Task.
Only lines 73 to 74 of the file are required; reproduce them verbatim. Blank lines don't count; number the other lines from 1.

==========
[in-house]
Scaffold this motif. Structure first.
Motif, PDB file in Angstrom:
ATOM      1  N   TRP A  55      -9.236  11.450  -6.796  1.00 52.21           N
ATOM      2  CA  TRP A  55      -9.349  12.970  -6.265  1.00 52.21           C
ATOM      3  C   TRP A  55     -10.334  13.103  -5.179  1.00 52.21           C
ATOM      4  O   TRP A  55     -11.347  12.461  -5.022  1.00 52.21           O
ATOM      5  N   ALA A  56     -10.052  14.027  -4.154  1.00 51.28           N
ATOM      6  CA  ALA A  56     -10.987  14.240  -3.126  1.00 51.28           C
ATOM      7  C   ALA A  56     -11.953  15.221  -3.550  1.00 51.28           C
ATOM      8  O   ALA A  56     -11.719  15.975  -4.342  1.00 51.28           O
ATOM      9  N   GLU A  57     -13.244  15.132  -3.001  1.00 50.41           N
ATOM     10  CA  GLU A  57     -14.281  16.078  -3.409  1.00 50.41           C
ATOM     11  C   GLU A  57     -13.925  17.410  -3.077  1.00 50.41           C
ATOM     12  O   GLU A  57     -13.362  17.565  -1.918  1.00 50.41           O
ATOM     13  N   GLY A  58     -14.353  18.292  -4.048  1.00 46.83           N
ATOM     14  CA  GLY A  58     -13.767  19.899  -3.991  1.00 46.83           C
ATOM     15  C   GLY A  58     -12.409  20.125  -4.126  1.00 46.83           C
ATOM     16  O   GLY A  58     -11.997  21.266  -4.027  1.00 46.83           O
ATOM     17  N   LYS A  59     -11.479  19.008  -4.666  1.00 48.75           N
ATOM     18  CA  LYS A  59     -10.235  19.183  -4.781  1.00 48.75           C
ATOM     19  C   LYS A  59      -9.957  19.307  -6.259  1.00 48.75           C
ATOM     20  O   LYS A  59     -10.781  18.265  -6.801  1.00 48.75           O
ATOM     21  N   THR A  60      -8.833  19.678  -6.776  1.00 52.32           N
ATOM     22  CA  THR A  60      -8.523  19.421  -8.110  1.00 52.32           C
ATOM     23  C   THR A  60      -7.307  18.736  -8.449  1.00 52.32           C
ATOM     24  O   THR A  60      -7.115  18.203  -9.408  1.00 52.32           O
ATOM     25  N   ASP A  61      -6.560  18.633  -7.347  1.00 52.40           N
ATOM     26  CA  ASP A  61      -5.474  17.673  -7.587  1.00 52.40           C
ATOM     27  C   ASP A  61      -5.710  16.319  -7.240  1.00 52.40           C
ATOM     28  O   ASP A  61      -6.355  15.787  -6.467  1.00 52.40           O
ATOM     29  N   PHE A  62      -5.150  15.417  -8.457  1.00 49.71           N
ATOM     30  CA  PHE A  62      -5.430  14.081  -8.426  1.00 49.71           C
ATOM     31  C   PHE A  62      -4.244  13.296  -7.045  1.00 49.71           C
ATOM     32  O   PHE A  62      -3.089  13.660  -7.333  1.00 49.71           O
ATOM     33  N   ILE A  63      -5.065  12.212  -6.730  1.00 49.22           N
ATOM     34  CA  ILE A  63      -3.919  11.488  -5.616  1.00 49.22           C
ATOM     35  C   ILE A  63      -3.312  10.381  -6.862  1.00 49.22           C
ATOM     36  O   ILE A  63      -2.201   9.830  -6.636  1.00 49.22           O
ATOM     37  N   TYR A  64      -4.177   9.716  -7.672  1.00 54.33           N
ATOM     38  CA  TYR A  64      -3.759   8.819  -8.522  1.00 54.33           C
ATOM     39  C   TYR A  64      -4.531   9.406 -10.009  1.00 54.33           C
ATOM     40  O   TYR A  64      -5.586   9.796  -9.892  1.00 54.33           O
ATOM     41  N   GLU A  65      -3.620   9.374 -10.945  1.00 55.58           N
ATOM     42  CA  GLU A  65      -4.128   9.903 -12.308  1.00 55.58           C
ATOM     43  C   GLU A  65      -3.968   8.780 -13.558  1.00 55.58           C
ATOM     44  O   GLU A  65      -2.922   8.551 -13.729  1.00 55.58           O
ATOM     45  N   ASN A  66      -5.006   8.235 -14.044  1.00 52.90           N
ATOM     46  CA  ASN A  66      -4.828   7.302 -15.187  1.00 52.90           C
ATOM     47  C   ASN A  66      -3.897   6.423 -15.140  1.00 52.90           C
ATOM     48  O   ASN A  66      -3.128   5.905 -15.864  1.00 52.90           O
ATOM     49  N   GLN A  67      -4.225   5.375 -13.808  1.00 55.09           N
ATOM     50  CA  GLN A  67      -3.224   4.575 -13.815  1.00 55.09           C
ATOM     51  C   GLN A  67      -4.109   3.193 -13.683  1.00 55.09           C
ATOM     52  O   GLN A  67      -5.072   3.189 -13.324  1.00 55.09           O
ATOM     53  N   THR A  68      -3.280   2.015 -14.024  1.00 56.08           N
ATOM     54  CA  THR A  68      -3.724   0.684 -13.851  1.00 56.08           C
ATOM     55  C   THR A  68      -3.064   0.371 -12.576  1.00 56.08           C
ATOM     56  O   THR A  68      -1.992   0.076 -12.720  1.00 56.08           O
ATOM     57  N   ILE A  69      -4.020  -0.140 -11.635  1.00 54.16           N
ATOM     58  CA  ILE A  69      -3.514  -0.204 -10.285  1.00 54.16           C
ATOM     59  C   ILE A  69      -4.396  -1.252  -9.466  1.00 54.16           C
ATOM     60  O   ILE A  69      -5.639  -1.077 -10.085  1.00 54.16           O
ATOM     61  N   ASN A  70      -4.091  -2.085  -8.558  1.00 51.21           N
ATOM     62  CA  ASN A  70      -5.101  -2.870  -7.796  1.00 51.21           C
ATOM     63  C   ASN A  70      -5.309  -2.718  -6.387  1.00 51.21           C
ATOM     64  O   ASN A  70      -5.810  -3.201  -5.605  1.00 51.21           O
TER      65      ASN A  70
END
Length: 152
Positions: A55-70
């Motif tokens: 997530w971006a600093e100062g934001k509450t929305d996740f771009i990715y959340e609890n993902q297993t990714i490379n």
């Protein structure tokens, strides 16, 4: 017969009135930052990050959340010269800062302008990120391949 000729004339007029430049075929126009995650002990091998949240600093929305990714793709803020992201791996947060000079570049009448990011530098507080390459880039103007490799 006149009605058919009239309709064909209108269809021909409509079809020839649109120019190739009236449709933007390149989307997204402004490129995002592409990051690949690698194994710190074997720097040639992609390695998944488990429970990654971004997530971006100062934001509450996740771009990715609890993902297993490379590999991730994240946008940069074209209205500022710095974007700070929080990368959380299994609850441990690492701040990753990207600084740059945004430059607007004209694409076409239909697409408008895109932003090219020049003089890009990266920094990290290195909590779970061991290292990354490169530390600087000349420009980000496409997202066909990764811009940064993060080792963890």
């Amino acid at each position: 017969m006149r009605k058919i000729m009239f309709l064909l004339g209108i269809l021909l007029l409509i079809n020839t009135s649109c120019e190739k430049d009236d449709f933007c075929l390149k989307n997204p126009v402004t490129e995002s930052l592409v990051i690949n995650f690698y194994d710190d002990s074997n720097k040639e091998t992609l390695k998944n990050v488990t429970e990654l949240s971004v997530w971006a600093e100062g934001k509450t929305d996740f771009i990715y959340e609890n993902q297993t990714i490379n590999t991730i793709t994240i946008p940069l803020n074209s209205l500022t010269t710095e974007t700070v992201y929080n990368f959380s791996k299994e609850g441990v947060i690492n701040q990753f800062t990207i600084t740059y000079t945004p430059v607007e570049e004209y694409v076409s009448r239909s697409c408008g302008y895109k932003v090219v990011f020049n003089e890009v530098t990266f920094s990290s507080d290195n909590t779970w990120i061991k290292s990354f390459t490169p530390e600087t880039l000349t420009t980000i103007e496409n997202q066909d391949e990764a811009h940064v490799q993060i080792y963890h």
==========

């Protein structure tokens, strides 16, 4: 017969009135930052990050959340010269800062302008990120391949 000729004339007029430049075929126009995650002990091998949240600093929305990714793709803020992201791996947060000079570049009448990011530098507080390459880039103007490799 006149009605058919009239309709064909209108269809021909409509079809020839649109120019190739009236449709933007390149989307997204402004490129995002592409990051690949690698194994710190074997720097040639992609390695998944488990429970990654971004997530971006100062934001509450996740771009990715609890993902297993490379590999991730994240946008940069074209209205500022710095974007700070929080990368959380299994609850441990690492701040990753990207600084740059945004430059607007004209694409076409239909697409408008895109932003090219020049003089890009990266920094990290290195909590779970061991290292990354490169530390600087000349420009980000496409997202066909990764811009940064993060080792963890």
């Amino acid at each position: 017969m006149r009605k058919i000729m009239f309709l064909l004339g209108i269809l021909l007029l409509i079809n020839t009135s649109c120019e190739k430049d009236d449709f933007c075929l390149k989307n997204p126009v402004t490129e995002s930052l592409v990051i690949n995650f690698y194994d710190d002990s074997n720097k040639e091998t992609l390695k998944n990050v488990t429970e990654l949240s971004v997530w971006a600093e100062g934001k509450t929305d996740f771009i990715y959340e609890n993902q297993t990714i490379n590999t991730i793709t994240i946008p940069l803020n074209s209205l500022t010269t710095e974007t700070v992201y929080n990368f959380s791996k299994e609850g441990v947060i690492n701040q990753f800062t990207i600084t740059y000079t945004p430059v607007e570049e004209y694409v076409s009448r239909s697409c408008g302008y895109k932003v090219v990011f020049n003089e890009v530098t990266f920094s990290s507080d290195n909590t779970w990120i061991k290292s990354f390459t490169p530390e600087t880039l000349t420009t980000i103007e496409n997202q066909d391949e990764a811009h940064v490799q993060i080792y963890h």